We’ve all got dirt – a growing medium, a place to stick our plants.  But it’s what kind of dirt you have that will influence what you can grow.

There are all kinds of definitions out there for dirt or soil but, bottom line for gardeners, soil is NOT the stuff you buy in bags at your local big box store.  It is the stuff we walk on, the stuff plants, bushes and trees sit in.    Soil is the stuff we start our seeds in, transplant our baby plants into and set our ready-to-grow plants into in our gardens.

And the dirt in your backyard will tell you, loud and clear, whether it is happy and healthy and whether it can support what you are putting into it or not.  For me, the magic of my garden is in the dirt.

Zones
If you’ve been considering doing some backyard gardening, I’m sure you’ve heard of “zones.”  When I first started, I found the concept of zones a bit overwhelming.  And the fact that global warming has made my zone wander a bit on the USDA map just added to my confusion.

It took me a bit to figure out this “zone” thing and the fact that zones affect what you can and cannot grow.   I have to say that I think Dr. Thomas Osborne really nailed what anyone needs to know about zones so I am sharing his post.

FYI – Dr. Osborne is a Harvard trained Radiologist and Neuro-radiologist, not a botanist or a so-called pointy-headed intellectual.  And he just loves to share his insight about medicine and gardening.

So, without further ado, Dr. Osborne on getting your zone on!

climate zones: what can I grow in my yard?TastyLandscape.

via climate zones: what can I grow in my yard?TastyLandscape.

Organic Garden in June in PA

Today I just want to share some of the glorious pictures from my garden which has finally decided to grab on and grow!

First the Montmorency cherries! I picked 12.5 quarts and my friend Julie got a little over 12 quarts too.

Sour cherries ripe and ready to be picked.

Sour cherries covering the branches of my trees.

Right now, just about the same amount of cherries still on the branches of my two trees.

Sour cherries on my fruit trees.

The sour cherry trees are full of cherries this year, probably 40 to 45 quarts.

I have 2 gallons of cherry brandy “cooking” in the closet.  Love making brandy because you don’t have to pit the cherries – just dump them into the pot and boil them up with vodka and brandy.

I also have half a gallon of dried cherries in my refrigerator.  I used my Excalibur  one of the best food dehydrators on the market — to dry 7 trays of them — pitted of course – and will use them in scones (great with organic chocolate chunks) and in my Quinoa Butternut and Dried Cherry Salad with Goat Cheese!

And I still have enough cherries to make 2 batches of Sour Cherry jam – absolutely fabulous on biscuits or cornbread.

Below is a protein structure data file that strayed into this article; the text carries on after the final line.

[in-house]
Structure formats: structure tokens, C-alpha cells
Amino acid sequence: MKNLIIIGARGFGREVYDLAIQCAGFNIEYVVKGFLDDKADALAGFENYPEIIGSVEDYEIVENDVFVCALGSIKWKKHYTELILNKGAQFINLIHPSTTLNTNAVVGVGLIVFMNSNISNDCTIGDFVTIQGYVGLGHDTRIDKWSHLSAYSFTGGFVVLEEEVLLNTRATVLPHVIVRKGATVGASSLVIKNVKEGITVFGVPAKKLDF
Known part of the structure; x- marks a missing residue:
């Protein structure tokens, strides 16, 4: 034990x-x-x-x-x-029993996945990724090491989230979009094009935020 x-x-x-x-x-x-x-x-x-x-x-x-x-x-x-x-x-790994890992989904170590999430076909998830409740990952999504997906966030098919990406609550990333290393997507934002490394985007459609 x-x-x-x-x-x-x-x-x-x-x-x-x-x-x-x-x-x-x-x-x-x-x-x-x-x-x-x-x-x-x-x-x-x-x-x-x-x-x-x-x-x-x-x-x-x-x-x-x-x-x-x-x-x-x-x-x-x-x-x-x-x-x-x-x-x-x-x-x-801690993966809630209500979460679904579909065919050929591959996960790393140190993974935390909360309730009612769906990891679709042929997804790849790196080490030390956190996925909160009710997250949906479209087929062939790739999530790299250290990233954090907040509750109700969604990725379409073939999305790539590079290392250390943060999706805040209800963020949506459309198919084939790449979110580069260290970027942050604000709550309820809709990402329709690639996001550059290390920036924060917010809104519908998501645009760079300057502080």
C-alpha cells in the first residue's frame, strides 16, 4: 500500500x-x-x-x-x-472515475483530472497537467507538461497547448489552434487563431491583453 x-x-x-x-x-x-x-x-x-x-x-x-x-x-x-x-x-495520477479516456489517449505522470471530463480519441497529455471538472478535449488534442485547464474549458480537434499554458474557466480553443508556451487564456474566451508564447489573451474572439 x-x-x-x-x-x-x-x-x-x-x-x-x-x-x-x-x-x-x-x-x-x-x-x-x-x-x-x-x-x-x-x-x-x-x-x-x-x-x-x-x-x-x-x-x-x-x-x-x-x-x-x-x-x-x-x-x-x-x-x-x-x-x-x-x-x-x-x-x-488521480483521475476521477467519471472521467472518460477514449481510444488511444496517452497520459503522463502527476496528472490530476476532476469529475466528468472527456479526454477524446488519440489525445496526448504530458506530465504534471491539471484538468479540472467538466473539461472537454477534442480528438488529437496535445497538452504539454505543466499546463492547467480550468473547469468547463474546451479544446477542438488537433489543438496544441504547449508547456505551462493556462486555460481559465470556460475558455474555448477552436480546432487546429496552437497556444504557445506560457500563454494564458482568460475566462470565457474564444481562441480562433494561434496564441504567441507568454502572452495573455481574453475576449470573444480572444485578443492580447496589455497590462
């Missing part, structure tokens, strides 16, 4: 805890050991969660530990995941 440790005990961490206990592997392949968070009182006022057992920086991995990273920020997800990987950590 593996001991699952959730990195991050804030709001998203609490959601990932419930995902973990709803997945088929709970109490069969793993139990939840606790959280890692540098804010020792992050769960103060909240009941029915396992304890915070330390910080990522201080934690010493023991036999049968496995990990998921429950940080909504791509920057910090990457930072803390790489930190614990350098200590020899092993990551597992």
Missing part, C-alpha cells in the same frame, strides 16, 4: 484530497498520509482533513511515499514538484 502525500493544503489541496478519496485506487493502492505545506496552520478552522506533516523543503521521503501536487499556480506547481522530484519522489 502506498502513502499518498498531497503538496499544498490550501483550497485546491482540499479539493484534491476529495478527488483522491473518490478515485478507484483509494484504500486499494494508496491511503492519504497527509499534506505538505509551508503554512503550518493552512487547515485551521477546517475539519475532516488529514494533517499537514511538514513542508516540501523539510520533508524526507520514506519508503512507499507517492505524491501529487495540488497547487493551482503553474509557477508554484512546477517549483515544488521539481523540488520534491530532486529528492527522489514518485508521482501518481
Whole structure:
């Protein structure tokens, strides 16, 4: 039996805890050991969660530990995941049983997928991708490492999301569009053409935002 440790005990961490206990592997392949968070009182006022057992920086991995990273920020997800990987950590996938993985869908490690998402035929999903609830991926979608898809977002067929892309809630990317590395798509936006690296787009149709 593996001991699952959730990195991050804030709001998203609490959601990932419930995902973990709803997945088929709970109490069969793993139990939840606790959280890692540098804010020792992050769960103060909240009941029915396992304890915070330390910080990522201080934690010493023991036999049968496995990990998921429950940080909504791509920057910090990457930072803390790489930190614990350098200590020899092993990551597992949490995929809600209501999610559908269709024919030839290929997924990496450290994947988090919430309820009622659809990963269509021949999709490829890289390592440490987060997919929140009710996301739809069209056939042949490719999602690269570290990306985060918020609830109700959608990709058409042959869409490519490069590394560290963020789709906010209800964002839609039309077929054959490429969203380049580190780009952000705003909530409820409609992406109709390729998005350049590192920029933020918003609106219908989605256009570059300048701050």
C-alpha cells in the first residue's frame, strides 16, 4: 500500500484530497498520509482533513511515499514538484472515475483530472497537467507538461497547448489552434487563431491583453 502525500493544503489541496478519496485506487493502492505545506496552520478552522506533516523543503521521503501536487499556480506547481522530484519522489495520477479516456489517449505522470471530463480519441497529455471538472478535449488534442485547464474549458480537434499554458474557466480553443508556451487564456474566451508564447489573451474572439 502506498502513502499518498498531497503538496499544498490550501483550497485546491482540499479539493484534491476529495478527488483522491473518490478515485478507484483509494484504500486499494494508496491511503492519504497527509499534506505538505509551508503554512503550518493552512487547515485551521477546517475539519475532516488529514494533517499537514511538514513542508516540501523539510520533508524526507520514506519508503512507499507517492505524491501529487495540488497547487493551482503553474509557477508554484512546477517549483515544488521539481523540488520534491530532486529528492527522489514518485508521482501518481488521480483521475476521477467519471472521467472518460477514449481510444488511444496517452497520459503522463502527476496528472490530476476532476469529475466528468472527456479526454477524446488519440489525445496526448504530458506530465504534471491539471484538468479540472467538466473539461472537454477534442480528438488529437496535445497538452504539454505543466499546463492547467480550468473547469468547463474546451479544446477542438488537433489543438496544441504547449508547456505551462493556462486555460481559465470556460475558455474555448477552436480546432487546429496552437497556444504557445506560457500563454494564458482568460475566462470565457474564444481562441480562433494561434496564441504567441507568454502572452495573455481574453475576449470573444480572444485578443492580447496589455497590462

My lettuce is about done but I still have some of my favorite – red butterhead.

Red Butterhead lettuce ready for harvest.

Red Butterhead lettuce makes a soft, beautiful head that’s perfect for salads.

This head is just right for the picking.  The head it forms is loose but can be harvested whole so you can core it, plate it and serve it just like it looks in this picture.

Or you can cut it in half and serve it like a wedge or just cut it up and serve it in a mixed green salad.  My favorite and worth growing because it is no work at all.

If you have planted lettuce and it bolts, as mine is

Lettuce bolting.

Lettuce bolts quickly when temperatures rise.

doing, you might want to leave a few heads in the ground to set seeds.  Some people don’t like the way bolted lettuce looks but I think it’s pretty.

I let 2 or 3 plants of every variety bolt then collect the seeds and use them for fall plantings and next year’s garden.

Each plants gives you hundreds of seeds and they are so easy to save that I almost never have to buy lettuce seeds

I could go on and on about all of my plants like the yellow squash plants you see here.

Healthy yellow squash plant.

This yellow squash doesn’t have a stem; it has a trunk!

Yellow squash growing.

The first yellow squash on this impressive plant.

Or the pole beans that are climbing up the  fence.

And the Bumble Beans just setting their beautiful deep lavender flowers.

So, instead, I will leave you with pictures that speak a 1000 words….about this year’s beautiful garden.

Thornless blackberries

Thornless blackberries

Blackberries setting on the bush.

Blackberries setting on the bush.

Sour cherries

Sour cherries

Doyle Thornless blackberries are healthy and strong and setting an enormous number of blossoms which will lead to an enormous amount of  fruit for brandy and jam.

Blueberries ripening